Parenting, like life, is mostly guessing, some common sense, and a lot of mistake making. So, when I hear the term “Epic Fail,” I think of the time:
I thought my toddler was old enough to color without being supervised. And she painted a series of symbols on her arm that may or may not have translated into: “Hey stupid, I’m not old enough to be left alone with markers.”
I decided getting that last burp out of the baby wasn’t really important. Because at two in the morning fifteen minutes of burping, a baby takes about four years less than the Second World War. When the baby regurgitated half the Pacific Ocean all over his crib, I decided burping was less work than remodeling an entire bedroom.
When I made Pinterest-inspired finger paints out of cornstarch and water. And my kids ate them.
I decided to put more water into the tub while my two-month-old was in it. And the Niagara Falls whoosh of the running water gave my child a fear of the bathtub. One that was so bad, all she had to do was look at the tub, and she’d start screaming like there was a nine foot shark in there.
I decided to catch the baby’s spit up before it landed on the couch. And I did. I would have been so proud of myself if it hadn’t been for the fact that I deflected the spit up back into the baby’s face. All I could see was a pair of blinking eyes.
I decided it would be easier to give the cat a bath in the kitchen sink instead of in the tub. Yes, I bathe my cats. When we moved into our house, the deep kitchen sink and faucet spray hose seemed pretty ideal for bathing the cat faster than in the tub. Long story short, I was soaking wet, and my husband had to peel the cat off my back.
I decided nap time was a great time to schedule playgroup. Because who doesn’t like to leave their destination fifteen minutes after they’ve arrived? It’s like throwing a party for yourself then leaving before all the guests show up. If I had I stayed, half the city would’ve witnessed a meltdown so dramatic it could’ve won Academy Awards in twelve different categories.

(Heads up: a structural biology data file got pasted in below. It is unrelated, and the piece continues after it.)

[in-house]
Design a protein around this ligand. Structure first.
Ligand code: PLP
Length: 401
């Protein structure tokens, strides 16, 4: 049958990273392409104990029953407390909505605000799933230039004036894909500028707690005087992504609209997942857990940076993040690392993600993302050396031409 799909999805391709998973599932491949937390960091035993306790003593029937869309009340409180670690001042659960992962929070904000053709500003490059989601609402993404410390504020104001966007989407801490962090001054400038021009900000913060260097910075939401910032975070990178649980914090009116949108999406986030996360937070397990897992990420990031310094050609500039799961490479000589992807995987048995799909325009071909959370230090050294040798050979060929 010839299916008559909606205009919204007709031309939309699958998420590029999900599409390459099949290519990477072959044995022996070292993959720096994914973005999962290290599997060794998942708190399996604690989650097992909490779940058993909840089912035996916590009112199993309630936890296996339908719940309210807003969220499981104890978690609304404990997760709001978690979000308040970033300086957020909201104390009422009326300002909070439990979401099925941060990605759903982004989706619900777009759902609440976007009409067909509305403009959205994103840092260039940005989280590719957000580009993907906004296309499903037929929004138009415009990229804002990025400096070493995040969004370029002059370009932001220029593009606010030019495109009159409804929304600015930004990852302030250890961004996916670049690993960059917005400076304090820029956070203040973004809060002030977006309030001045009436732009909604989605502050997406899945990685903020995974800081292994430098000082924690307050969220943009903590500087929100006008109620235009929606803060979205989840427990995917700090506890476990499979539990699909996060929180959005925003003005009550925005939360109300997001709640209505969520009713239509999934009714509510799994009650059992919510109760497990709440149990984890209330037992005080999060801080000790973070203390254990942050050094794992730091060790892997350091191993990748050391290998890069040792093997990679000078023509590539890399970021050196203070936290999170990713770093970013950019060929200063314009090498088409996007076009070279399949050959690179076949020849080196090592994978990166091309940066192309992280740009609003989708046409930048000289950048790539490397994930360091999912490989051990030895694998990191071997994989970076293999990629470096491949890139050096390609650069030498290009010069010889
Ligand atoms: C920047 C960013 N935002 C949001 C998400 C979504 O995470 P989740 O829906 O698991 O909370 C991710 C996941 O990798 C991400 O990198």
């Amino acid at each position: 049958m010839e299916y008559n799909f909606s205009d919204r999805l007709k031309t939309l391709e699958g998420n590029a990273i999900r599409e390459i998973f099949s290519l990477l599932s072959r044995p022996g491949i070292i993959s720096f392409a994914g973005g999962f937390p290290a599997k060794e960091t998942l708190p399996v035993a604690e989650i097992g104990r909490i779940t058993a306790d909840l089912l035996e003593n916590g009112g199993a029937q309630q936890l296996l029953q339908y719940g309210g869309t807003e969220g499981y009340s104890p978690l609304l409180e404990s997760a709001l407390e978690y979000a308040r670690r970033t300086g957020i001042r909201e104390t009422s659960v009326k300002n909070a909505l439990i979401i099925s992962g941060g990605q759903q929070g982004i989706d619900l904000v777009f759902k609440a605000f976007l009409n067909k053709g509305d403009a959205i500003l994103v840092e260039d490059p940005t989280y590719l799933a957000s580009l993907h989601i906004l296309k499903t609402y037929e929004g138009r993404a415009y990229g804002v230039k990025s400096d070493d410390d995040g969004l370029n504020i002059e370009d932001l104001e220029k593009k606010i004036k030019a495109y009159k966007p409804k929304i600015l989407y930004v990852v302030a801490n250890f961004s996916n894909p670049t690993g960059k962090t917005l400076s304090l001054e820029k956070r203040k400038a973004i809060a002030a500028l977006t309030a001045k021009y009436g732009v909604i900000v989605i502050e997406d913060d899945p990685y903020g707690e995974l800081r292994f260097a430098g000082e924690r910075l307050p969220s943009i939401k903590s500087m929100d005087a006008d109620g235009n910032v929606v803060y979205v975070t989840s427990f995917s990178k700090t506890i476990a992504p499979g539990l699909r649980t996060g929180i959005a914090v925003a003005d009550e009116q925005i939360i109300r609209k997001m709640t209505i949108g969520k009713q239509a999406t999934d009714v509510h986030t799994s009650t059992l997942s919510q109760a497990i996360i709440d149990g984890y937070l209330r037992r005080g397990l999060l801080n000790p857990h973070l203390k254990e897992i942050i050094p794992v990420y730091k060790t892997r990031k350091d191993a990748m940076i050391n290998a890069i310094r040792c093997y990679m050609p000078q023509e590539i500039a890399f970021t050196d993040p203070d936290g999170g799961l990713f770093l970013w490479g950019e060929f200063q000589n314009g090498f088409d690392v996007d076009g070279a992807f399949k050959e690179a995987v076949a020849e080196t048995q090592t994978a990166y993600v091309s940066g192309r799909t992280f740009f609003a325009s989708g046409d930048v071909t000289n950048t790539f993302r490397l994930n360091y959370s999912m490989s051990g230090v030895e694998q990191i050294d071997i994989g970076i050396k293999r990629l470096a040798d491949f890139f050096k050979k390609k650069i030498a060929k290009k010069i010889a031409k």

I decided I didn’t need the diaper bag. Oh, but I did.
I decided to make my toddler’s lunch more fun so she’d eat it. I created a cat face out of her lunch using all the fruits and veggies she liked. She played with it for awhile until it looked less like a cat and more like a Picasso. Then she asked for a snack.
When we built up hype about the animal sanctuary. And the bridge was so high the animals weren’t visible to the naked eye. But we walked down the bridge anyway because we were there. And we pointed out specs that could’ve been animals, but could’ve also been rocks or bushes, and everyone cried because they wanted to go to the zoo and have ice cream.
As far as epic fails go, it could be a lot worse. I’ll admit the bath stuff was a legitimately traumatizing experience for my child—the cat too. But, thanks to my mistakes, I’ve learned. Now I know the symbols my child scribbles on herself, or her sister’s forehead, are likely a message in response to those mistakes. Like: “Hey stupid, next time bring ice cream with you to the most boring animal exhibit ever.”
This has been a Finish the Sentence Friday post. Each week, Kristi at Finding Ninee hosts bloggers and writers who want to participate in a prompt and make new writer friends. This week’s sentence is “When I think Epic Fail, I think…” This week’s co-hosts are: Allie at The Latchkey Mom and April at 100lb Countdown.